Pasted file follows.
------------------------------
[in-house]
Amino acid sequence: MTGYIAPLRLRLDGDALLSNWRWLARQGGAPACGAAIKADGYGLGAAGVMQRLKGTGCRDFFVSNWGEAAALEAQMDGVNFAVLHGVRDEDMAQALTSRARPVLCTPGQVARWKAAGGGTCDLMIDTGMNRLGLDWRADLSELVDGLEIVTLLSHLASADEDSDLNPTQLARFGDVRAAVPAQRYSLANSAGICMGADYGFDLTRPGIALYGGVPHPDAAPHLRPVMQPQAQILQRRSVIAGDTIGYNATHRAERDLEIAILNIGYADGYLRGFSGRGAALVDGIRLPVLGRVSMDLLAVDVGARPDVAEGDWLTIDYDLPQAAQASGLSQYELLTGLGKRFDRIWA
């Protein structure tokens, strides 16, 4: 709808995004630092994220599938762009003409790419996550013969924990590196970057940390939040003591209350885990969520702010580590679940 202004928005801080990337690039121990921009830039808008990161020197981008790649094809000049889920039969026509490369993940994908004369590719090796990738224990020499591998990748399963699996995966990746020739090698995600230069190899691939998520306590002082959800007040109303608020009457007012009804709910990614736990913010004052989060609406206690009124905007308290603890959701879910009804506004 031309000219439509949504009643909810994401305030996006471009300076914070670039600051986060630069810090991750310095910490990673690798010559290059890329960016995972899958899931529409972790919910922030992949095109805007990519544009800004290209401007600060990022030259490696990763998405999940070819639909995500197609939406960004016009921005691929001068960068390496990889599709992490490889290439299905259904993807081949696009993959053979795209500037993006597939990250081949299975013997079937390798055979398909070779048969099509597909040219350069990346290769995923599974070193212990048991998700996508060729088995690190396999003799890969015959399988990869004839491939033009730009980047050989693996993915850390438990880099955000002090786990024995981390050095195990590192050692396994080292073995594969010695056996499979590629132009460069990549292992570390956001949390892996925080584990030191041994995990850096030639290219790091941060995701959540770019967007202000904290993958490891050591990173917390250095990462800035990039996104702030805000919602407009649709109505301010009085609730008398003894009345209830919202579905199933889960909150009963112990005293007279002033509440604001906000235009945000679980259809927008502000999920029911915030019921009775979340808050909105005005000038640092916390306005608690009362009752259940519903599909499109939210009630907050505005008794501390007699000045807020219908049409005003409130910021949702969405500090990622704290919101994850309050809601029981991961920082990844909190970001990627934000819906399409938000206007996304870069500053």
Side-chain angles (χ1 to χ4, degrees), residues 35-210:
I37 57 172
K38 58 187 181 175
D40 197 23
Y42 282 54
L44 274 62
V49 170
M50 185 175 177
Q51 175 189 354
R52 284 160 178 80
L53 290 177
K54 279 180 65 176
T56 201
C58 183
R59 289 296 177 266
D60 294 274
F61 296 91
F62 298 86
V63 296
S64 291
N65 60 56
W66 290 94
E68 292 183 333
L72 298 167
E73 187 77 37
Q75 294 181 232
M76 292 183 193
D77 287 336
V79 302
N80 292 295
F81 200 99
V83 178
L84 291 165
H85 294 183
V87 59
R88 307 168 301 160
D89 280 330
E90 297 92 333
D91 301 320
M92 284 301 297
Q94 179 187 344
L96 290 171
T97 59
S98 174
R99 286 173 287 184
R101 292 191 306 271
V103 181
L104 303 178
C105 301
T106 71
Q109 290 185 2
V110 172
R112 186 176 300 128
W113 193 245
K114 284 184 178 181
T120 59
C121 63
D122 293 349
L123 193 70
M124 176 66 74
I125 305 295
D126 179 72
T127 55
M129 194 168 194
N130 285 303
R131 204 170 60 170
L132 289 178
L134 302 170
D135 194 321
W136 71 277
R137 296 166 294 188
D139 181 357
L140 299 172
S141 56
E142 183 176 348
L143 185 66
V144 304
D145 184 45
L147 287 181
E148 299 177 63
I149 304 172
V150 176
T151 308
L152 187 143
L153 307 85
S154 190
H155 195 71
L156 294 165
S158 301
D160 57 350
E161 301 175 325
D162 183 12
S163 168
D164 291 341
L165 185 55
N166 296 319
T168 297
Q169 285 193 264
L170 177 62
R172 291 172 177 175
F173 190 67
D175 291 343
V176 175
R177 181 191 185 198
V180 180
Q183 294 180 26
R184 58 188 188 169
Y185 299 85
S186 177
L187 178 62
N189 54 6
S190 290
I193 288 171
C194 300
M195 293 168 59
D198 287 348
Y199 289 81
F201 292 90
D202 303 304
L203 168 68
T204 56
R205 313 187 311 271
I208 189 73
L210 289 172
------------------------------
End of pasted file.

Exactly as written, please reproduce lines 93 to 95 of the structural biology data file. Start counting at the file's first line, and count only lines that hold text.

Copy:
D160 57 350
E161 301 175 325
D162 183 12